One Missed Call (2004) remade as One Missed Call (2007) - 3 years
Shutter (2004) remade as Shutter (2008) - 4 years
Il Mare (2000) remade as The Lake House (2006) - 6 years
L'ultimo bacio (2001) remade as The Last Kiss (2006) - 5 years
Mostly Martha (2001) remade as No Reservations (2007) - 6 years
Infernal Affairs (2002) remade as The Departed (2006) - 4 years
The Eye (2002) remade as The Eye (2008) - 6 years
Klatretøsen (2002) remade as Catch That Kid (2004) - 2 years
Interview (2003 film) remade as Interview (2007 film) - 4 years
Ju-on: The Grudge (2003) remade as The Grudge (2004) - 1 years
Brødre (2004) to Brothers (2009) - 5 years
Sigaw (2004) to The Echo (2008) - 4 years
Anthony Zimmer (2005) remade as The Tourist (2010) - 5 years
# 13 (2010) from 13 Tzameti (2005) - 5 years
[REC] (2007) remade as Quarantine (2008) - 3 years
LOL (Laughing Out Loud) (2008) remade as LOL: Laughing Out Loud (2011) - 3 years
Anything for Her (2008) remade as The Next Three Days (2010) - 2 years

So next time someone complains about a remake of Krull or The Breakfast Club as another example of Hollywood running out of ideas, remember - this is nothing new. Stop acting as if it is.

17 comments:

  1. can every production of shakespeare the last 400 or so years or so be considered 'remakes' too? or any broadway show that comes and goes? great stories will always be retold in some way or another since the time stories were told orally , to the written word to the filmed spectacle, some will go good others not so good. with conan never forget in your life no matter how any version of the character or stories go in any medium the next 100 years or so, we all had the privelige of reading the original tales and knowing something in it's root.happy viewing!-mario

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  2. I'd just like to say that while I wasn't exactly chomping at the bit for a Smurfs movie, the real problem with the Smurfs movie is that the filmmakers decided the best strategy would be to have the Smurfs travel to live action, modern day New York rather than trying to be respectful to the original stories by Peyo. My wife still has a lot of love for the Smurfs and she was aghast at the film trailers.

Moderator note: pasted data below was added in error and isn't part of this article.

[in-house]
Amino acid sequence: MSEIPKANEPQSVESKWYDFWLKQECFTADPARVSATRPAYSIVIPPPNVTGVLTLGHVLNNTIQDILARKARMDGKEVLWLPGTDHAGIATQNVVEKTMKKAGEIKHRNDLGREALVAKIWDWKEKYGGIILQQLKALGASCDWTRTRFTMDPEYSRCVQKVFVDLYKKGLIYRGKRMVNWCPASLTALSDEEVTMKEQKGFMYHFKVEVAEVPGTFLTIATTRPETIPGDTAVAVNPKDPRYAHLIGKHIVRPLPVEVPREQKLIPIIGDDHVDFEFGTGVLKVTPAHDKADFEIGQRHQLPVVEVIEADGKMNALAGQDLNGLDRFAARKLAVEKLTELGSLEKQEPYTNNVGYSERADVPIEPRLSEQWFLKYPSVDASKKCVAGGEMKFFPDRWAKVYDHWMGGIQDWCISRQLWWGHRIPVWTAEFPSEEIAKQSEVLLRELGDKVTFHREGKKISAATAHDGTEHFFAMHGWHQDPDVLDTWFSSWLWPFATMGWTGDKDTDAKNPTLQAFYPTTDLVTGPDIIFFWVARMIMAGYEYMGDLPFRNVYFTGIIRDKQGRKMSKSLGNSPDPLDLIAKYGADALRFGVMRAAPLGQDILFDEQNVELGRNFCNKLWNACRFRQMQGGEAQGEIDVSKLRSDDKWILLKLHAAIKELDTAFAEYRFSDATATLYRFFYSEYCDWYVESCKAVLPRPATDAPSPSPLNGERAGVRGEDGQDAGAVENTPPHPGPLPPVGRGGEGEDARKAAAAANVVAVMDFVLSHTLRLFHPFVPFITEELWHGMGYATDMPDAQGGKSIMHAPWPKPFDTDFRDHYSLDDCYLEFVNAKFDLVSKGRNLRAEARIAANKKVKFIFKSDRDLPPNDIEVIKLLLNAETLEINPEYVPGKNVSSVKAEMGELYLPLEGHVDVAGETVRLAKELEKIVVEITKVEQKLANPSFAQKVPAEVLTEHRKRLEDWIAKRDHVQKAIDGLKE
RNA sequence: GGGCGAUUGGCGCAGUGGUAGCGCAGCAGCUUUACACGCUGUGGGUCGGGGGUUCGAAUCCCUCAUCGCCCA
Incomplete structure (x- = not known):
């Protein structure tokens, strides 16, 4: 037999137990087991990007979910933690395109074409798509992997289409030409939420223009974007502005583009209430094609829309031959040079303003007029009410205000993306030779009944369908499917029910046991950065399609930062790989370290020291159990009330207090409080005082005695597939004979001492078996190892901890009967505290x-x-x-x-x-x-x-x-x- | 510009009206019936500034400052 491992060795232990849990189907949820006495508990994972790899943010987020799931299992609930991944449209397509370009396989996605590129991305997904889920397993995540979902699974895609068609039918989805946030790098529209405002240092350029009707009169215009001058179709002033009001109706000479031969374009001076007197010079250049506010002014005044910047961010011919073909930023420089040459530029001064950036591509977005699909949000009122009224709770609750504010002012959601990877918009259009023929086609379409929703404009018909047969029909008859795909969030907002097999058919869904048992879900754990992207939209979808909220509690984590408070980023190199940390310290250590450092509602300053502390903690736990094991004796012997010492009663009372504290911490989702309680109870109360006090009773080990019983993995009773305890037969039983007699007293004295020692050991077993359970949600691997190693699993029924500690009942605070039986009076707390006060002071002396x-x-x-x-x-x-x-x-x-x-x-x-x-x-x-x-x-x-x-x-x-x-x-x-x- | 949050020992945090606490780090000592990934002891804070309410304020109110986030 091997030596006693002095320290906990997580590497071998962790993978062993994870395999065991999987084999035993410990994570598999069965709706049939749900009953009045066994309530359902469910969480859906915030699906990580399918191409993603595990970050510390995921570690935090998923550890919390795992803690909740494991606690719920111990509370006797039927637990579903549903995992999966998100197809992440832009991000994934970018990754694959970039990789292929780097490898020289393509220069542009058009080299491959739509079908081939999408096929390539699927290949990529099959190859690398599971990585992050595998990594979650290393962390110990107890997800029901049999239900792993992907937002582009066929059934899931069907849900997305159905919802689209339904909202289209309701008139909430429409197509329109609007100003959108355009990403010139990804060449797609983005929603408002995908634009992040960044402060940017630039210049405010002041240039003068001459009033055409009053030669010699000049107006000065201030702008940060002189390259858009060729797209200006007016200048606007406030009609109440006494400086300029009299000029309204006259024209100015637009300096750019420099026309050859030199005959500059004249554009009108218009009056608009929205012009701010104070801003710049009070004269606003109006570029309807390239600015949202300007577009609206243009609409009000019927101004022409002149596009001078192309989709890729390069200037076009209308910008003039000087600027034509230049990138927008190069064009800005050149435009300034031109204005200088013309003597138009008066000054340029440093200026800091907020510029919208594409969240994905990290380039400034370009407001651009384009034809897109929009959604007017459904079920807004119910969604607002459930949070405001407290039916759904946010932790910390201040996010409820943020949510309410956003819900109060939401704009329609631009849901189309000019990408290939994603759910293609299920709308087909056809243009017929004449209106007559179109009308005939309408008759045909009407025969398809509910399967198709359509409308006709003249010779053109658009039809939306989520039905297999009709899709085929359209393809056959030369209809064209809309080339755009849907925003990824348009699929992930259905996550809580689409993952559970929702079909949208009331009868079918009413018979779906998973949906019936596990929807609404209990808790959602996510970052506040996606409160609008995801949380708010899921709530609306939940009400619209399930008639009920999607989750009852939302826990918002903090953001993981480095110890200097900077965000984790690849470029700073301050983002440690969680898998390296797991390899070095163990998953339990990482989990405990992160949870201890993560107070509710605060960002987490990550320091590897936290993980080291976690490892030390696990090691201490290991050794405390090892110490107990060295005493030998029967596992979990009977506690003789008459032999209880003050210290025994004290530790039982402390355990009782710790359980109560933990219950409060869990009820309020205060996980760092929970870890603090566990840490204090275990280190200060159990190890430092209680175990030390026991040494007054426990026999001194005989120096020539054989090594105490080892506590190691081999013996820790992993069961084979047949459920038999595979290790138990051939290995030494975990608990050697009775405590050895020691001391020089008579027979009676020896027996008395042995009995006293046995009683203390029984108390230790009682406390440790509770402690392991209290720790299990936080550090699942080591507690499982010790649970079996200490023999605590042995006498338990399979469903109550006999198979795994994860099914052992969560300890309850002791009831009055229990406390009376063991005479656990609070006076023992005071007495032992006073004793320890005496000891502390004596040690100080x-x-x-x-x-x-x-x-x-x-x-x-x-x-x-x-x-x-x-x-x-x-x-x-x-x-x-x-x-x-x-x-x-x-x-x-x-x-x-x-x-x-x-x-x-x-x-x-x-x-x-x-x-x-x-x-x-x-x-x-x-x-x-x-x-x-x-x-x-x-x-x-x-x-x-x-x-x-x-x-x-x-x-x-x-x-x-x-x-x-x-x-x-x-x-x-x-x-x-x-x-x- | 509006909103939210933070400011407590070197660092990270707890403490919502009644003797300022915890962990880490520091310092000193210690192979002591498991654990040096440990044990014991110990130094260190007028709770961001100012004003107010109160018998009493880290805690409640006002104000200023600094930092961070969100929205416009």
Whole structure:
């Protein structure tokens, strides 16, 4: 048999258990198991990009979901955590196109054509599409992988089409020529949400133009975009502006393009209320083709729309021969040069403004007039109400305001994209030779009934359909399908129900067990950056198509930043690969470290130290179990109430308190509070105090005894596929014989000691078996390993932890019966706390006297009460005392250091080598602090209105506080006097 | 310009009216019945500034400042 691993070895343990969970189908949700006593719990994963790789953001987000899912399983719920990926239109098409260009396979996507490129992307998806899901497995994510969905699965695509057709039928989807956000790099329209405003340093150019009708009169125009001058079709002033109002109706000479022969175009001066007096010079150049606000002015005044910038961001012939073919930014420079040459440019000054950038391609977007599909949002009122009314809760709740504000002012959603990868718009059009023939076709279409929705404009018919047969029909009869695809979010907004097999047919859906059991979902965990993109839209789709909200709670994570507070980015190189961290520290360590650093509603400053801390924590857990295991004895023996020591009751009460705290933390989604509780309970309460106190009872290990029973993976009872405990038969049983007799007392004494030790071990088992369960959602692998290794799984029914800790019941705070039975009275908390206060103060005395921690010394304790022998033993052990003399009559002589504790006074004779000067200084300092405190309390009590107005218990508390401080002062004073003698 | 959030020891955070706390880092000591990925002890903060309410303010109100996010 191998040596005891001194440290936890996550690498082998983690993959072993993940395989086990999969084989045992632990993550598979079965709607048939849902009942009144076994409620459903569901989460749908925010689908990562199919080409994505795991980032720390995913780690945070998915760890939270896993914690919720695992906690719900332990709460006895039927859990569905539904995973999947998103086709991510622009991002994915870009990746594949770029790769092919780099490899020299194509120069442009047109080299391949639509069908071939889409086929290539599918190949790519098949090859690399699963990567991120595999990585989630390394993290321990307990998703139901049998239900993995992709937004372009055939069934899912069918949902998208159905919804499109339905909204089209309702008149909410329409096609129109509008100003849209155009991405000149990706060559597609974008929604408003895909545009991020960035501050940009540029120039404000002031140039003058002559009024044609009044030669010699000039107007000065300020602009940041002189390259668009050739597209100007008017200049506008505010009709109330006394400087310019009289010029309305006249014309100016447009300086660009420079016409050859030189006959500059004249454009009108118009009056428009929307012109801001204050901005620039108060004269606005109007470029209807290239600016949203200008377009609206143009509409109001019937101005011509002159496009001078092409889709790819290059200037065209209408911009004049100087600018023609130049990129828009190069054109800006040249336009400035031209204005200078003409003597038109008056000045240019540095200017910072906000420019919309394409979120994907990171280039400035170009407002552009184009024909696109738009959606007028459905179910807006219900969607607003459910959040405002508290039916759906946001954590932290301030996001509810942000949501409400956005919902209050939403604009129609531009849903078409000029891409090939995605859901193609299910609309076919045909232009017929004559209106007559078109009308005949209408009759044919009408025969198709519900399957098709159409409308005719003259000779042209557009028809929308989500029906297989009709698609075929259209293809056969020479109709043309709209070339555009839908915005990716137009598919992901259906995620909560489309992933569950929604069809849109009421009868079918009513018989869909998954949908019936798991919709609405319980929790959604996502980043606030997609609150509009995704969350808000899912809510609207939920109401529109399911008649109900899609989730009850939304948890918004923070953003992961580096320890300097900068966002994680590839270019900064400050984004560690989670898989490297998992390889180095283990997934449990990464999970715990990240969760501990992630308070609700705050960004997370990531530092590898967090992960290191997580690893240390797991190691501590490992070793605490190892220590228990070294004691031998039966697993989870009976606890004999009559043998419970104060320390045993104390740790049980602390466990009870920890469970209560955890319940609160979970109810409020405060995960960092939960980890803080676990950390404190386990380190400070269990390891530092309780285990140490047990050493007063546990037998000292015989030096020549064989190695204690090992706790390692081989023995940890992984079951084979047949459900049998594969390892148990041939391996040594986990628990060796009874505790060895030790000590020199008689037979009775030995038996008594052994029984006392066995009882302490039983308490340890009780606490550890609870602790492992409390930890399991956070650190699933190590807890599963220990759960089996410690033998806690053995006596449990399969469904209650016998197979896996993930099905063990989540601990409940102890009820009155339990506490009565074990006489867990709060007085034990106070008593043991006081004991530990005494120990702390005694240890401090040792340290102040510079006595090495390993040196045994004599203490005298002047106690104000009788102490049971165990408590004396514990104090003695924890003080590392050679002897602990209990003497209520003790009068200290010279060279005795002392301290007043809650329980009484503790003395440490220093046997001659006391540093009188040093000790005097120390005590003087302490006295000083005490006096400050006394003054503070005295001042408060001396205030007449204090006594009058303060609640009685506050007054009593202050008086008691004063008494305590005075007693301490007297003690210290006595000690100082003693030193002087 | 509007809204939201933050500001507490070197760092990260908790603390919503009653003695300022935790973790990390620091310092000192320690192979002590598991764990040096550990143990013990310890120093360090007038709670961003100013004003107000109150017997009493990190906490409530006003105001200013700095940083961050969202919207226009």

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  3. "So next time someone complains about a remake of Krull or The Breakfast Club as another example of Hollywood running out of ideas, remember - this is nothing new. Stop acting as if it is."

    Thank you! And thank you for doing the footwork on the lists--I too an tired of the whining. Especially since it often comes from self-proclaimed cinemaphiles.

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  4. Just as "The smurfs" is not a remake or "Teenage mutant ninja turtles" is not a remake Conan is little more than a souless cash-in on nostalgia. Its got nothing to do with Robert E. Howard or any of that other gibber jabber Mr.Momoa and co. like to robotically spout in interviews. When answering a fan question he could not even name his favourite Conan story. He did not even throw out a title to give the impression he had even read one.Make no mistake...
    Its still Hollywood and all about young gorgeous models going places on your cinema ticket.